The Mark Inside by Amy Reading [EPUB]
02 December 2013, 05:36
2012 | EPUB | 3.49MB
In 1919, Texas rancher J. Frank Norfleet lost everything he had in a stock market swindle. He did what many other marks did—he went home, borrowed more money from his family, and returned for another round of swindling.
Only after he lost that second fortune did he reclaim control of his story. Instead of crawling back home in shame, he vowed to hunt down the five men who had conned him. Armed with a revolver and a suitcase full of disguises, Norfleet crisscrossed the country from Texas to Florida to California to Colorado, posing as a country hick and allowing himself to be ensnared by confidence men again and again to gather evidence on his enemies. Within four years, Frank Norfleet had become nationally famous for his quest to out-con the con men.
Through Norfleet’s ingenious reverse-swindle, Amy Reading reveals the mechanics behind the scenes of the big con—a piece of performance art targeted to the most vulnerable points of human nature. Reading shows how the big con has been woven throughout U.S. history. From the colonies to the railroads and the Chicago Board of Trade, America has always been a speculative enterprise, and bunco men and bankers alike have always understood that the common man was perfectly willing to engage in minor fraud to get a piece of the expanding stock market—a trait that made him infinitely gullible.
Amy Reading’s fascinating account of con artistry in America and Frank Norfleet’s wild caper invites you into the crooked history of a nation on the hustle, constantly feeding the hunger and the hope of the mark inside.
The City of Falling Angels [EPUB]
26 November 2013, 07:40
2006 | EPUB | 396.93KB
The author of Midnight in the Garden of Good and Evil returns after more than a decade to give us an intimate look at the "magic, mystery, and decadence" of the city of Venice and its inhabitants.
It was seven years ago that Midnight in the Garden of Good and Evil achieved a record-breaking four-year run on The New York Times bestseller list. John Berendt's inimitable brand of nonfiction brought the dark mystique of Savannah so startlingly to life for millions of people that tourism to Savannah increased by 46 percent. It is Berendt and only Berendt who can capture Venice-a city of masks, a city of riddles, where the narrow, meandering passageways form a giant maze, confounding all who have not grown up wandering into its depths. Venice, a city steeped in a thousand years of history, art and architecture, teeters in precarious balance between endurance and decay. Its architectural treasures crumble--foundations shift, marble ornaments fall--even as efforts to preserve them are underway.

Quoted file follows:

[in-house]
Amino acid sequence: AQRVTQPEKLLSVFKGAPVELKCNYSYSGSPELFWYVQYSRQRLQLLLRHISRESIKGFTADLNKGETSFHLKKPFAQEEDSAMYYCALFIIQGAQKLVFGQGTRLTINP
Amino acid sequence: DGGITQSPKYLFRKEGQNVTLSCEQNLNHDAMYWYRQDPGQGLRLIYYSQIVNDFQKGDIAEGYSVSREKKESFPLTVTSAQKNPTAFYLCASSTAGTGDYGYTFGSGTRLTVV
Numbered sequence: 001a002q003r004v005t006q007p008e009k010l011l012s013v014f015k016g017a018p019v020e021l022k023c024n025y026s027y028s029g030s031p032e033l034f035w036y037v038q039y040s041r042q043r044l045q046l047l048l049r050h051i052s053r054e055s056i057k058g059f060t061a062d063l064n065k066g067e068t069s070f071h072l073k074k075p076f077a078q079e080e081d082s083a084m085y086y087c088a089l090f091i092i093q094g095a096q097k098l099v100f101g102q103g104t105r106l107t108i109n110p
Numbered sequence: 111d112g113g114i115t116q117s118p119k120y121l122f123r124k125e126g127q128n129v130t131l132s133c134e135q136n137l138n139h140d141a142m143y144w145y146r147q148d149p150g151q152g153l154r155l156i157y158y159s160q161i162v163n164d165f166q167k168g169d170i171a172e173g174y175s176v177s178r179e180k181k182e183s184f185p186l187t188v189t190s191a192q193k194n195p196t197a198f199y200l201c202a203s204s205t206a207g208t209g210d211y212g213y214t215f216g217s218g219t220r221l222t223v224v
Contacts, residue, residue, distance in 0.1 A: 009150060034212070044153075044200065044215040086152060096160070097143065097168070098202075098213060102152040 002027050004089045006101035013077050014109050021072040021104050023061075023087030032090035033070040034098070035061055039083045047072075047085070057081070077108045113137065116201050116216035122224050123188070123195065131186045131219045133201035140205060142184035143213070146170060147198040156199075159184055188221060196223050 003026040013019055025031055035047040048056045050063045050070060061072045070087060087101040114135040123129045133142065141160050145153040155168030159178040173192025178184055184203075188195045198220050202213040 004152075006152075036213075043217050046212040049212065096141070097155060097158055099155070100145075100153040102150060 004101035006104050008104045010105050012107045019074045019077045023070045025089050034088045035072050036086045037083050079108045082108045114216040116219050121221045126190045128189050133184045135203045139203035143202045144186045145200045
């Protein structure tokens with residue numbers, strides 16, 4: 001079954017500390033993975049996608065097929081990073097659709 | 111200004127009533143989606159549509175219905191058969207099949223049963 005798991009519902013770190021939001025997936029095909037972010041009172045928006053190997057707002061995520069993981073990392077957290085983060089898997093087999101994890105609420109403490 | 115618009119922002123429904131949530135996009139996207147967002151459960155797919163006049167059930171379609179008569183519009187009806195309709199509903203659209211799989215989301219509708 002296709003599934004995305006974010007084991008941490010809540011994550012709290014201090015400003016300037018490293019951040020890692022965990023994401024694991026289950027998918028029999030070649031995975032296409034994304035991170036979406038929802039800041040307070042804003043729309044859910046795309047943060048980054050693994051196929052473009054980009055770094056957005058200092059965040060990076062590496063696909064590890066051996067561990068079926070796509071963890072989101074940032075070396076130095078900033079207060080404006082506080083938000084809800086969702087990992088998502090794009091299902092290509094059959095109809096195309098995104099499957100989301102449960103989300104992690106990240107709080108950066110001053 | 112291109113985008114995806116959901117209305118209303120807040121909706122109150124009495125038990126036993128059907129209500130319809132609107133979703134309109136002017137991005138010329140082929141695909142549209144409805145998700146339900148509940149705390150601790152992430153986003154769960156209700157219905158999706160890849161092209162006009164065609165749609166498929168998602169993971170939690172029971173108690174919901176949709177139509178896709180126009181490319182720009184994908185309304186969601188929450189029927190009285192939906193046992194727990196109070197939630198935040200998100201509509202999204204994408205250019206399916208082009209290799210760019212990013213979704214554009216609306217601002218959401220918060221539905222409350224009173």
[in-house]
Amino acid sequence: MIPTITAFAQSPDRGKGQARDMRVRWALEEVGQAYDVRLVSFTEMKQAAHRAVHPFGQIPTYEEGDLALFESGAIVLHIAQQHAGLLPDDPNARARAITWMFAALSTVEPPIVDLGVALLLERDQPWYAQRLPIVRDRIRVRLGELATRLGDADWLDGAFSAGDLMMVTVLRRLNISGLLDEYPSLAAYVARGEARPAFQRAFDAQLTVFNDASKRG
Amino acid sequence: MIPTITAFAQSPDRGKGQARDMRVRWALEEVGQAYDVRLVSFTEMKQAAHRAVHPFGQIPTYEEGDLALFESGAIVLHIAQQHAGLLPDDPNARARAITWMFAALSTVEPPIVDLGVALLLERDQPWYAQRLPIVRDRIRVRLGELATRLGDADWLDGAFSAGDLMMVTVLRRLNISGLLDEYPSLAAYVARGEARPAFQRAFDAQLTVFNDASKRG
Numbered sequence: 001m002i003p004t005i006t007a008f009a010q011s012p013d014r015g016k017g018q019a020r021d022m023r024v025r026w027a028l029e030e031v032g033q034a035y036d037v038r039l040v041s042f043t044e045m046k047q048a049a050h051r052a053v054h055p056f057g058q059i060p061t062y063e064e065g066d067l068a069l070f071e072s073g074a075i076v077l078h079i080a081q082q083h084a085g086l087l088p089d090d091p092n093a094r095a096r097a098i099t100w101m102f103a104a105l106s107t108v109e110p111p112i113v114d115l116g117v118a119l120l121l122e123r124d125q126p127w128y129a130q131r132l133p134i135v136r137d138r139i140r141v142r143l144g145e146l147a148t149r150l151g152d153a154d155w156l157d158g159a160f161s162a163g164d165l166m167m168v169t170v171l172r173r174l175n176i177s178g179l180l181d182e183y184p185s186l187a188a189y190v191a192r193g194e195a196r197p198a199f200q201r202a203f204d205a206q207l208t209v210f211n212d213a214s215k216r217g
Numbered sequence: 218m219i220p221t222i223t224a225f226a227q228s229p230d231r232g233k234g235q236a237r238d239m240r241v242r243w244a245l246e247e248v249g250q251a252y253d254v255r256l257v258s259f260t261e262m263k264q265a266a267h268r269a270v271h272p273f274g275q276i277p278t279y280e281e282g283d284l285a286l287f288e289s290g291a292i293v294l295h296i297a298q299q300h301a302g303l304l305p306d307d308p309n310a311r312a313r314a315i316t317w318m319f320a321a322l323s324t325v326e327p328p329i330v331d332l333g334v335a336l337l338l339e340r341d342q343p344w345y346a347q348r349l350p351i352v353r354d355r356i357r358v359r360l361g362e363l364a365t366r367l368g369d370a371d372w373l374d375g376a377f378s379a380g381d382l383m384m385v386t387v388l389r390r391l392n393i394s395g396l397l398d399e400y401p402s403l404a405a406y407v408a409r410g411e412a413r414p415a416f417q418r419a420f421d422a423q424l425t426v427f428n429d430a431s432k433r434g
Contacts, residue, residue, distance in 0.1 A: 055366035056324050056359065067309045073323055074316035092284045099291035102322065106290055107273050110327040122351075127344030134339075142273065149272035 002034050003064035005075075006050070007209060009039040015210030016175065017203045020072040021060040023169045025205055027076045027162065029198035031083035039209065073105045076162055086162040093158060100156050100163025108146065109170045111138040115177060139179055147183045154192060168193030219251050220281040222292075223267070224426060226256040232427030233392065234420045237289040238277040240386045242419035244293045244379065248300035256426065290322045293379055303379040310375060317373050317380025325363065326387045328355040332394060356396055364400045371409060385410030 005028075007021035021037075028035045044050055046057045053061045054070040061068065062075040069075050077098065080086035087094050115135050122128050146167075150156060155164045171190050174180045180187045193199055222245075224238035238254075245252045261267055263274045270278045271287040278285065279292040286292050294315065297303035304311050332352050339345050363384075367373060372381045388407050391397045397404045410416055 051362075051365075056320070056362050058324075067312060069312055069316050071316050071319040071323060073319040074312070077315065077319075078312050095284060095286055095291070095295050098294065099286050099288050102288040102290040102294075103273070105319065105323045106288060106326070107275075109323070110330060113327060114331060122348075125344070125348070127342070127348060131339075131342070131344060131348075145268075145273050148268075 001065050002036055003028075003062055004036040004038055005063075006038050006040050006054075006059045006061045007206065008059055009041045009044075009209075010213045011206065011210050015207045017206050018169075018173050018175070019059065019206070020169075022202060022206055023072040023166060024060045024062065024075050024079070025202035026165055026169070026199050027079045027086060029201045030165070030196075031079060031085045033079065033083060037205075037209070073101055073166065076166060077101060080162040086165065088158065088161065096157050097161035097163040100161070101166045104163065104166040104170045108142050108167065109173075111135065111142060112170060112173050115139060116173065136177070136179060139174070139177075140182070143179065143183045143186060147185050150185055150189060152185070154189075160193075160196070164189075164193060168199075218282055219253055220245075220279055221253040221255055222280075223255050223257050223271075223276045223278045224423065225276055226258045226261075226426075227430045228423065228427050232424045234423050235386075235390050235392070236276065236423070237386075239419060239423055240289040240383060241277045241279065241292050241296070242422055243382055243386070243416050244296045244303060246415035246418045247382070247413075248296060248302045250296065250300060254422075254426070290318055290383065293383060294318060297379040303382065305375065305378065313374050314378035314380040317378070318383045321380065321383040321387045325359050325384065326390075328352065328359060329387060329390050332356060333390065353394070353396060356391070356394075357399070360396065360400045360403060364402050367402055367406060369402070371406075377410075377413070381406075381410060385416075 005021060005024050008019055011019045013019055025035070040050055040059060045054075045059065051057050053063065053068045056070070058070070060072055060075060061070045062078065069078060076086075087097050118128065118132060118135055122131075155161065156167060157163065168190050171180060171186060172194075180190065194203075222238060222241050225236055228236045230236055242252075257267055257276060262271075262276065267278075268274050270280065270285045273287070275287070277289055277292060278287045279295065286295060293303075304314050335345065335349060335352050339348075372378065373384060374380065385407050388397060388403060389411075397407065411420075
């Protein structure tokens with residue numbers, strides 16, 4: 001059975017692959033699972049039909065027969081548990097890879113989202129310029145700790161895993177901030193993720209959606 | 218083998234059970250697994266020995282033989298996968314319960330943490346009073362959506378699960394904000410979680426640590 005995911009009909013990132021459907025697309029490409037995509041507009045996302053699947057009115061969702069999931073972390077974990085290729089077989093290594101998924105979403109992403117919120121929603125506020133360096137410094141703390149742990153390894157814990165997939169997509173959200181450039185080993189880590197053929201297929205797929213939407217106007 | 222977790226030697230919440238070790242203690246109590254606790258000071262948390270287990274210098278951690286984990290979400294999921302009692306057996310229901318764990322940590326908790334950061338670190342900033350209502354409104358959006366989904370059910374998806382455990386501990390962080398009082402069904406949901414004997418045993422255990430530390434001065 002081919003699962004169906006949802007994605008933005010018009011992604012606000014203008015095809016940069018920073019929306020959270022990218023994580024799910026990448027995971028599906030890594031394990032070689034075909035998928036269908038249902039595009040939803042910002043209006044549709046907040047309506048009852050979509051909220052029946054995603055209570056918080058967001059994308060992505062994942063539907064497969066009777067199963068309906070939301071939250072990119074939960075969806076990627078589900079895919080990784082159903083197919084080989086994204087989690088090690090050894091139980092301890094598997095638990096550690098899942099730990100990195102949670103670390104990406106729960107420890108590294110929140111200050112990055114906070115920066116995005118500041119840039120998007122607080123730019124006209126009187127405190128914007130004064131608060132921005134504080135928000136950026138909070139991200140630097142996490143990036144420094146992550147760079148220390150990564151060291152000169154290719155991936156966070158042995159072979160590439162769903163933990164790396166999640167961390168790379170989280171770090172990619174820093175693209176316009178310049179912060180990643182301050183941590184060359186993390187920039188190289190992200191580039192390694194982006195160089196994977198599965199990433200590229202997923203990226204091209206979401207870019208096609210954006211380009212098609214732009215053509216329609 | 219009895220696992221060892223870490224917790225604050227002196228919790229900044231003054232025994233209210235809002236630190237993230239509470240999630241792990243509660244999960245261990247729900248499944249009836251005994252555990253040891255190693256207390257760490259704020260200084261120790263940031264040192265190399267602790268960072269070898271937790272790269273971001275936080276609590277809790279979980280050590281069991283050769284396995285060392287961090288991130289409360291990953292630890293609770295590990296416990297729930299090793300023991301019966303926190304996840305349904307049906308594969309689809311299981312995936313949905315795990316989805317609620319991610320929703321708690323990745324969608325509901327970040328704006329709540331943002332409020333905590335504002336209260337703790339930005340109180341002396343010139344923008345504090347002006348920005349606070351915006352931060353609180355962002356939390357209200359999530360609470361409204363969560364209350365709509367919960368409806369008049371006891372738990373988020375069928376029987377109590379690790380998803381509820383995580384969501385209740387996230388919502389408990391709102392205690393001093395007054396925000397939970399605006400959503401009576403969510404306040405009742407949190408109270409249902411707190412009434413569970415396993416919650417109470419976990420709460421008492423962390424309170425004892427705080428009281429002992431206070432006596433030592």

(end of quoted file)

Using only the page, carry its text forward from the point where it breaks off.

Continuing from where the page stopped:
The City of Falling Angels opens on the evening of January 29, 1996, when a dramatic fire destroys the historic Venice opera house. The loss of the Fenice, where five of Verdi's operas premiered, is a catastrophe for Venetians. Arriving in Venice three days after the fire, Berendt becomes a kind of detective-inquiring into the nature of life in this remarkable museum-city-while gradually revealing the truth about the fire.
In the course of his investigations, Berendt introduces us to a rich cast of characters: a prominent Venetian poet whose shocking "suicide" prompts his skeptical friends to pursue a murder suspect on their own; the first family of American expatriates that loses possession of the family palace after four generations of ownership; an organization of high-society, partygoing Americans who raise money to preserve the art and architecture of Venice, while quarreling in public among themselves, questioning one another's motives and drawing startled Venetians into the fray; a contemporary Venetian surrealist painter and outrageous provocateur; the master glassblower of Venice; and numerous others-stool pigeons, scapegoats, hustlers, sleepwalkers, believers in Martians, the Plant Man, the Rat Man, and Henry James.
The Medici Conspiracy [EPUB]
26 November 2013, 07:16
2007 | EPUB + MOBI | 1.47/1.84MB
The story begins, as stories do in all good thrillers, with a botched robbery and a police chase. Eight Apuleian vases of the fourth century B.C. are discovered in the swimming pool of a German-based art smuggler. More valuable than the recovery of the vases, however, is the discovery of the smuggler's card index detailing his deals and dealers. It reveals the existence of a web of tombaroli—tomb raiders— who steal classical artifacts, and a network of dealers and smugglers who spirit them out of Italy and into the hands of wealthy collectors and museums.
Peter Watson, a former investigative journalist for the London Sunday Times and author of two previous exposés of art world scandals, names the key figures in this network that has depleted Europe's classical artifacts. Among the loot are the irreplaceable and highly collectable vases of Euphronius, the equivalent in their field of the sculpture of Bernini or the painting of Michelangelo. The narrative leads to the doors of some major institutions: Sothebys, the Getty Museum in L.A., the Museum of Fine Arts in Boston, and the Metropolitan Museum of Art in New York among them.
Filled with great characters and human drama, The Medici Conspiracy authoritatively exposes another shameful round in one of the oldest games in the world: theft, smuggling and duplicitous dealing, all in the name of art.